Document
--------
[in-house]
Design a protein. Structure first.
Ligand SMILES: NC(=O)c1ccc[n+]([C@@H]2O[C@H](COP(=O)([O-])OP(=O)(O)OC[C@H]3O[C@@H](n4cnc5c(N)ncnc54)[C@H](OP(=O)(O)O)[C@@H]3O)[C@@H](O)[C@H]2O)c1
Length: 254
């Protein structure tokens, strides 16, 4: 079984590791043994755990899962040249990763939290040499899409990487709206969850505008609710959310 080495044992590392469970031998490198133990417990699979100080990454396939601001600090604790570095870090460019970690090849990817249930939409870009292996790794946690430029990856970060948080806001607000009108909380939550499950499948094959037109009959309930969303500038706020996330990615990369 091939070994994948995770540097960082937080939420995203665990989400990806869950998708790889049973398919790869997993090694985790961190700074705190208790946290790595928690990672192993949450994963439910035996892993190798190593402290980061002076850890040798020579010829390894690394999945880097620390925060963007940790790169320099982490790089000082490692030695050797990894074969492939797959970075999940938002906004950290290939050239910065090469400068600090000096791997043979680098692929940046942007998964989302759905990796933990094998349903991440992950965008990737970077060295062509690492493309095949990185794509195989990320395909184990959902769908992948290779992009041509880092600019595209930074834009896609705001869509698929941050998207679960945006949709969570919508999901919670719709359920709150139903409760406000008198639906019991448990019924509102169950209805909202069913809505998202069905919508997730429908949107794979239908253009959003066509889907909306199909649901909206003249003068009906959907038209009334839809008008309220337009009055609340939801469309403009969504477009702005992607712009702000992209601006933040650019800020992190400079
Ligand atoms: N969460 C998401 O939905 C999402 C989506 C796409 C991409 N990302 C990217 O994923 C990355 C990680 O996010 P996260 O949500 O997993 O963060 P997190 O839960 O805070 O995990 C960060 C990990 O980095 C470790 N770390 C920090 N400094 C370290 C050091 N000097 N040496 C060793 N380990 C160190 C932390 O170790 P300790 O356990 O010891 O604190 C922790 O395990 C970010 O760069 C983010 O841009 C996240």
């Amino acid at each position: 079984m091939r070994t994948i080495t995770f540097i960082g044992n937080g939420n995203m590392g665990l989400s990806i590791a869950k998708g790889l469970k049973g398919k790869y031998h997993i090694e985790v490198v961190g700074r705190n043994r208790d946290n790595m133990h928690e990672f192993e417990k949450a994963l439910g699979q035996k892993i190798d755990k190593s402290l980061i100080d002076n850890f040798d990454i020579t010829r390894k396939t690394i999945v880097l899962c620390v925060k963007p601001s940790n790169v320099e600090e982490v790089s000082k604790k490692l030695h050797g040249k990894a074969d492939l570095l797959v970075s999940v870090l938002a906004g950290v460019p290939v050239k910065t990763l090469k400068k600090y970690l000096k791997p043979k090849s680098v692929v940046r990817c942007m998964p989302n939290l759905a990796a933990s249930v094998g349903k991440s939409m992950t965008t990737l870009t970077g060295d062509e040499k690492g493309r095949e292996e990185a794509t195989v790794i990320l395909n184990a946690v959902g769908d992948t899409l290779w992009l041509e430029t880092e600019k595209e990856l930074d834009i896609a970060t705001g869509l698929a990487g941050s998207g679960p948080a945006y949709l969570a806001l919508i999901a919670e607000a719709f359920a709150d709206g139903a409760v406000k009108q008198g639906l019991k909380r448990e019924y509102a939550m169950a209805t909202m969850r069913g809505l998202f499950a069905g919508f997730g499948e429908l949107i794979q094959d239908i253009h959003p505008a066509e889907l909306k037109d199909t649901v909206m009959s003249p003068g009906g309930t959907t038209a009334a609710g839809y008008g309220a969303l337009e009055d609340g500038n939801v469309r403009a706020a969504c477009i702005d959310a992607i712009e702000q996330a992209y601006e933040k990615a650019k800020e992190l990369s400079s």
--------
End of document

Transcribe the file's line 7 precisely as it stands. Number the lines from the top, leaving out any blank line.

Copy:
């Amino acid at each position: 079984m091939r070994t994948i080495t995770f540097i960082g044992n937080g939420n995203m590392g665990l989400s990806i590791a869950k998708g790889l469970k049973g398919k790869y031998h997993i090694e985790v490198v961190g700074r705190n043994r208790d946290n790595m133990h928690e990672f192993e417990k949450a994963l439910g699979q035996k892993i190798d755990k190593s402290l980061i100080d002076n850890f040798d990454i020579t010829r390894k396939t690394i999945v880097l899962c620390v925060k963007p601001s940790n790169v320099e600090e982490v790089s000082k604790k490692l030695h050797g040249k990894a074969d492939l570095l797959v970075s999940v870090l938002a906004g950290v460019p290939v050239k910065t990763l090469k400068k600090y970690l000096k791997p043979k090849s680098v692929v940046r990817c942007m998964p989302n939290l759905a990796a933990s249930v094998g349903k991440s939409m992950t965008t990737l870009t970077g060295d062509e040499k690492g493309r095949e292996e990185a794509t195989v790794i990320l395909n184990a946690v959902g769908d992948t899409l290779w992009l041509e430029t880092e600019k595209e990856l930074d834009i896609a970060t705001g869509l698929a990487g941050s998207g679960p948080a945006y949709l969570a806001l919508i999901a919670e607000a719709f359920a709150d709206g139903a409760v406000k009108q008198g639906l019991k909380r448990e019924y509102a939550m169950a209805t909202m969850r069913g809505l998202f499950a069905g919508f997730g499948e429908l949107i794979q094959d239908i253009h959003p505008a066509e889907l909306k037109d199909t649901v909206m009959s003249p003068g009906g309930t959907t038209a009334a609710g839809y008008g309220a969303l337009e009055d609340g500038n939801v469309r403009a706020a969504c477009i702005d959310a992607i712009e702000q996330a992209y601006e933040k990615a650019k800020e992190l990369s400079s």